Click amount to donate direct to CounterPunch
  • $25
  • $50
  • $100
  • $500
  • $other
  • use PayPal
Spring Fund Drive: Keep CounterPunch Afloat
CounterPunch is a lifeboat of sanity in today’s turbulent political seas. Please make a tax-deductible donation and help us continue to fight Trump and his enablers on both sides of the aisle. Every dollar counts!
FacebookTwitterGoogle+RedditEmail

Crash of Trumpcare Opens Door to Full Medicare for All

You can thank House Speaker Ryan and President Trump for pushing their cruel health insurance boondoggle. This debacle has created a  big opening to put Single Payer or full Medicare for all prominently front and center. Single Payer means everybody in, nobody out, with free choice of physician and hospital.

The Single Payer system that has been in place in Canada for Decades comes in at half the cost per capita, compared to what the U.S. spends now. All Canadians are covered at a cost of about $4500 per capita while in the U.S. the cost is over $9000 per capita, with nearly 30 million people without coverage and many millions more underinsured.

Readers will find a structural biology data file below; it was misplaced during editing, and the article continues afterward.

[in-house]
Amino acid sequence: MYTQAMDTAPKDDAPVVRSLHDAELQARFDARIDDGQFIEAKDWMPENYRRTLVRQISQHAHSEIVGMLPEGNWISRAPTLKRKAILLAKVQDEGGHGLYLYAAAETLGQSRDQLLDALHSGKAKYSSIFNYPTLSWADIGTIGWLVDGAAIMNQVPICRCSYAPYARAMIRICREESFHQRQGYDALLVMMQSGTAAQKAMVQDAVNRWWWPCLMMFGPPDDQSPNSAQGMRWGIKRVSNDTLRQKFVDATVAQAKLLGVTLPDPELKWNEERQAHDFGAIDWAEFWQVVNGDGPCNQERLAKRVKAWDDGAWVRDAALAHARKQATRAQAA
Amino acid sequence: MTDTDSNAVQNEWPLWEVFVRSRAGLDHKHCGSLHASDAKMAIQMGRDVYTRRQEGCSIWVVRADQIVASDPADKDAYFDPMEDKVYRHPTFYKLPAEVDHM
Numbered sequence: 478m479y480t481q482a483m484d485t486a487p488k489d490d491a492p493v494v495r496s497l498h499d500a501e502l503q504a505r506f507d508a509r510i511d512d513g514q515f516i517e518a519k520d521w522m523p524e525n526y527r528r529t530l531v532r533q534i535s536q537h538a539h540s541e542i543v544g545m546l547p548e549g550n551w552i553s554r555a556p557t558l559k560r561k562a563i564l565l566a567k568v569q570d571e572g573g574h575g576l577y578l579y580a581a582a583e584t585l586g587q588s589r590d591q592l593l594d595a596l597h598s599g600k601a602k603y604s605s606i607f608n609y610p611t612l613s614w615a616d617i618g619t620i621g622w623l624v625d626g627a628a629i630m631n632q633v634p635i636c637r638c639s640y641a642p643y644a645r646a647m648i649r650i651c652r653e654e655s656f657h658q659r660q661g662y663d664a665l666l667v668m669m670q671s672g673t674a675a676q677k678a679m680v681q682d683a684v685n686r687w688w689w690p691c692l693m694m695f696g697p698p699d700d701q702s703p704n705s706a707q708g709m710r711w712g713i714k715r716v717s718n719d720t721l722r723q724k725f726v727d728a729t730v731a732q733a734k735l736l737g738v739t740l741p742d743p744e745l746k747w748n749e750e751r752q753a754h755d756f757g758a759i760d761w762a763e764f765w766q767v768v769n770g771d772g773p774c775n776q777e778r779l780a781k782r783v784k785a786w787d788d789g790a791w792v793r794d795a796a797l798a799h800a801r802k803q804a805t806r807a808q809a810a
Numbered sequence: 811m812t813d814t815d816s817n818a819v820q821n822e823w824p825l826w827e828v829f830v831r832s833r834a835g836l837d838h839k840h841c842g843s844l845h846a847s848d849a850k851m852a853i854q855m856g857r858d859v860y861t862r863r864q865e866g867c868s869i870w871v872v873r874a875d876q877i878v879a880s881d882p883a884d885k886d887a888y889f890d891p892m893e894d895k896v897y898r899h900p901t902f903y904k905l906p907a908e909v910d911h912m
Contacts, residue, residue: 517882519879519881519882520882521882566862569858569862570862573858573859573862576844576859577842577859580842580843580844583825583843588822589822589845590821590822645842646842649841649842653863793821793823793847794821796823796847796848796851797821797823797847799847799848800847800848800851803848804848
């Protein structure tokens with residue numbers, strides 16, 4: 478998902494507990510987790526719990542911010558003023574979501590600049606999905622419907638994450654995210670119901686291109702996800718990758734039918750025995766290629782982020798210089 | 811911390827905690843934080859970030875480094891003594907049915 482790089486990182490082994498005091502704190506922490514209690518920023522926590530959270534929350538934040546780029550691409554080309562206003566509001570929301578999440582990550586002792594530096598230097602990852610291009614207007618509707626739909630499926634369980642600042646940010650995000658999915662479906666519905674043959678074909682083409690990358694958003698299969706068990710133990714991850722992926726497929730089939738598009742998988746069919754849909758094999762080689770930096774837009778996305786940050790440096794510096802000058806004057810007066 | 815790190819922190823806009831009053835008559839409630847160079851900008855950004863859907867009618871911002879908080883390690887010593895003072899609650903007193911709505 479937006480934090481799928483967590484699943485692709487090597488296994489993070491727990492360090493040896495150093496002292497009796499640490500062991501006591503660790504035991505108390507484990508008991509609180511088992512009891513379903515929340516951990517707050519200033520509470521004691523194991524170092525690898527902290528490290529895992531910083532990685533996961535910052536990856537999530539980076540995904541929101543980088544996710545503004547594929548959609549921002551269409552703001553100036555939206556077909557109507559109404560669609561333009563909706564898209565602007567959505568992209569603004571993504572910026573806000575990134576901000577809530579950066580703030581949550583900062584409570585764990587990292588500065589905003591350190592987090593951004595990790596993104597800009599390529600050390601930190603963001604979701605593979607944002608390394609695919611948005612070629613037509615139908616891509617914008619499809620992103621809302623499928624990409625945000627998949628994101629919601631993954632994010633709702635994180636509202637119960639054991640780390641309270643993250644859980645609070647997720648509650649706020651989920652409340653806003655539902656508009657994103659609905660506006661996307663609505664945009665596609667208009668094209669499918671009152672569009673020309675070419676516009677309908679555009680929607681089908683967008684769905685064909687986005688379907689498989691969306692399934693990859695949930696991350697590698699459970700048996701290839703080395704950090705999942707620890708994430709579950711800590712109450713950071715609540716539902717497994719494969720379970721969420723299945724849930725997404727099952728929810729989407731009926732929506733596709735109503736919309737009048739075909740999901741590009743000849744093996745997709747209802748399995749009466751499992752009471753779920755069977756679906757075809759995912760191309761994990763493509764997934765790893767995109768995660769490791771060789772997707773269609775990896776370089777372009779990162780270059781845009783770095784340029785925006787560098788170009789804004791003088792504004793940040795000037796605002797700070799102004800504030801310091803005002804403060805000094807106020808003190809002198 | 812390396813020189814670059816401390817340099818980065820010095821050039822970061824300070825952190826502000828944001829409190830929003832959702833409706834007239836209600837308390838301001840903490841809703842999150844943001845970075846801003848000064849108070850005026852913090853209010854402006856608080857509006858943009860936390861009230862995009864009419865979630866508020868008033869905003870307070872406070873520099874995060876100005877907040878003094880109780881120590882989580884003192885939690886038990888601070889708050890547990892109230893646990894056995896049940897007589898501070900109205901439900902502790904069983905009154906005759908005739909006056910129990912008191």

Seventy-three members of the House of Representatives have co-signed Congressman Conyers’s bill, HR 676, which is similar to the Canadian system. These lawmakers like HR 676 because it has no copays, nasty deductibles or massive inscrutable computerized billing fraud, while giving people free choice and far lower administrative costs.

Often Canadians never even see a bill for major operations or procedures. Dr. Steffie Woolhandler, who has taught at Harvard Medical School, estimated recently that a Single Payer system in the U.S. would potentially save as much as $500 billion, just in administrative costs, out of the nearly $3.5 trillion in health care expenditures this year.